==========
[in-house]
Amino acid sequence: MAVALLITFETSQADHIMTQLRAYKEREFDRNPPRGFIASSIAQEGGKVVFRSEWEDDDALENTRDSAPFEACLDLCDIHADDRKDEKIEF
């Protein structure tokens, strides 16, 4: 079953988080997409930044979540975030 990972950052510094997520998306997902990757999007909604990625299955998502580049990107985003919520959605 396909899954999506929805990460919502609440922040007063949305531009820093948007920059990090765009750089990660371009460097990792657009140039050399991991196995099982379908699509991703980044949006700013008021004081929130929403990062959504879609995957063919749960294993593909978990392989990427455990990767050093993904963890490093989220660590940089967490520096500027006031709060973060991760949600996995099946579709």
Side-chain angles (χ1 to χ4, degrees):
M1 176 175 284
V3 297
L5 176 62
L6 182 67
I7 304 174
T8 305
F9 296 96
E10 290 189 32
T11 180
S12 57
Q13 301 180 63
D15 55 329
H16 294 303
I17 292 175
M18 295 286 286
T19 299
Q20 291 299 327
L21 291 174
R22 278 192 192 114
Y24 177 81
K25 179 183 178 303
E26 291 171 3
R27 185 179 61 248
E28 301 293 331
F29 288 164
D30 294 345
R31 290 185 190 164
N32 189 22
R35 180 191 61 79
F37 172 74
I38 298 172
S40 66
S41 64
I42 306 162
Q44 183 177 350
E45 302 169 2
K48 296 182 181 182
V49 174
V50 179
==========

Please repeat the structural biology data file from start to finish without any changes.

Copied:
[in-house]
Amino acid sequence: MAVALLITFETSQADHIMTQLRAYKEREFDRNPPRGFIASSIAQEGGKVVFRSEWEDDDALENTRDSAPFEACLDLCDIHADDRKDEKIEF
């Protein structure tokens, strides 16, 4: 079953988080997409930044979540975030 990972950052510094997520998306997902990757999007909604990625299955998502580049990107985003919520959605 396909899954999506929805990460919502609440922040007063949305531009820093948007920059990090765009750089990660371009460097990792657009140039050399991991196995099982379908699509991703980044949006700013008021004081929130929403990062959504879609995957063919749960294993593909978990392989990427455990990767050093993904963890490093989220660590940089967490520096500027006031709060973060991760949600996995099946579709």
Side-chain angles (χ1 to χ4, degrees):
M1 176 175 284
V3 297
L5 176 62
L6 182 67
I7 304 174
T8 305
F9 296 96
E10 290 189 32
T11 180
S12 57
Q13 301 180 63
D15 55 329
H16 294 303
I17 292 175
M18 295 286 286
T19 299
Q20 291 299 327
L21 291 174
R22 278 192 192 114
Y24 177 81
K25 179 183 178 303
E26 291 171 3
R27 185 179 61 248
E28 301 293 331
F29 288 164
D30 294 345
R31 290 185 190 164
N32 189 22
R35 180 191 61 79
F37 172 74
I38 298 172
S40 66
S41 64
I42 306 162
Q44 183 177 350
E45 302 169 2
K48 296 182 181 182
V49 174
V50 179